Nine months after the U.K. Supreme Court made a crucial decision that effectively forced Uber Technologies Inc. to provide worker rights for its drivers, the firm is back in court accused of trying to undermine the judgment.

Uber has challenged a small part of the landmark ruling, where a judge’s comments suggest the tech firm should enter into a direct contract with passengers when providing car journeys. The ride hailing-app is seeking a ruling that, that isn’t the case, which it argues is in line with the London transport regulator’s guidance.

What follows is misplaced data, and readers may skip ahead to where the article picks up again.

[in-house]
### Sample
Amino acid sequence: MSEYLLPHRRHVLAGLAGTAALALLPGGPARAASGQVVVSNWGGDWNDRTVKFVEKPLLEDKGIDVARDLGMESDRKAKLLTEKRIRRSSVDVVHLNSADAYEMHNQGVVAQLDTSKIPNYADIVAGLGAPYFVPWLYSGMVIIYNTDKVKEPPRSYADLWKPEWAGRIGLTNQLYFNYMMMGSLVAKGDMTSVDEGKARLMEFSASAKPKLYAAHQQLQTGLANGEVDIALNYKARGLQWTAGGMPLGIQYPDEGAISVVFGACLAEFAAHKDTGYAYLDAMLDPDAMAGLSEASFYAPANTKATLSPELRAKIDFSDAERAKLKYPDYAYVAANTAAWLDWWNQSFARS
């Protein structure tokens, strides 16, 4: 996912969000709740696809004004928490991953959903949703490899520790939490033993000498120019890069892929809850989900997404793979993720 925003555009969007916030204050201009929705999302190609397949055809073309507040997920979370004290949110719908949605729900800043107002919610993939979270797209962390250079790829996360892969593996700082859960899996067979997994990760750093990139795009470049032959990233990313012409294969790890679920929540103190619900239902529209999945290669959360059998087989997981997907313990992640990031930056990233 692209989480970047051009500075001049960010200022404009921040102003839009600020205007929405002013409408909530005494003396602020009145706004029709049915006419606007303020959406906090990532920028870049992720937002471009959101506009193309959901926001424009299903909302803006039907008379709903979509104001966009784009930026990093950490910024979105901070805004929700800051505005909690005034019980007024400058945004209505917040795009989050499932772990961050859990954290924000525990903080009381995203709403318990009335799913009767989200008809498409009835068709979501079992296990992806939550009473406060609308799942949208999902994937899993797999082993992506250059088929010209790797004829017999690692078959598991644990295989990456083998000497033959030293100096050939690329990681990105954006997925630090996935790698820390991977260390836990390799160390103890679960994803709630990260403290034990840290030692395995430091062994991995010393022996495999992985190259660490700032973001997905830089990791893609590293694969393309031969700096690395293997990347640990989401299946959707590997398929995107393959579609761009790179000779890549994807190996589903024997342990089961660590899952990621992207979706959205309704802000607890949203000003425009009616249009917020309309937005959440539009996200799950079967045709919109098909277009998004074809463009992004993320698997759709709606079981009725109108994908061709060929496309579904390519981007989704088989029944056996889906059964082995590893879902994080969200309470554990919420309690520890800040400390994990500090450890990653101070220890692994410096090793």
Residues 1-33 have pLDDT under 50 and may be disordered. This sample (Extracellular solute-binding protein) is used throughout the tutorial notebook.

“I thought the Supreme Court ruling was the end of the matter but just months later we are being forced back to court to defend this landmark ruling from Uber’s army of slick corporate lawyers who are determined to strip us of our rights,” Yaseen Aslam, president of the the App Drivers and Couriers Union and the lead claimant in the Supreme Court case, said.

Earlier this year, the nation’s top court ruled that Uber must treat its drivers as “workers,” giving them access to vacation pay, rest breaks and minimum wage while they’re using the app. Just weeks later, Uber said it would reclassify all its U.K. drivers as workers and later announced it had formally recognized the GMB labor union, giving drivers increased powers to collectively bargain.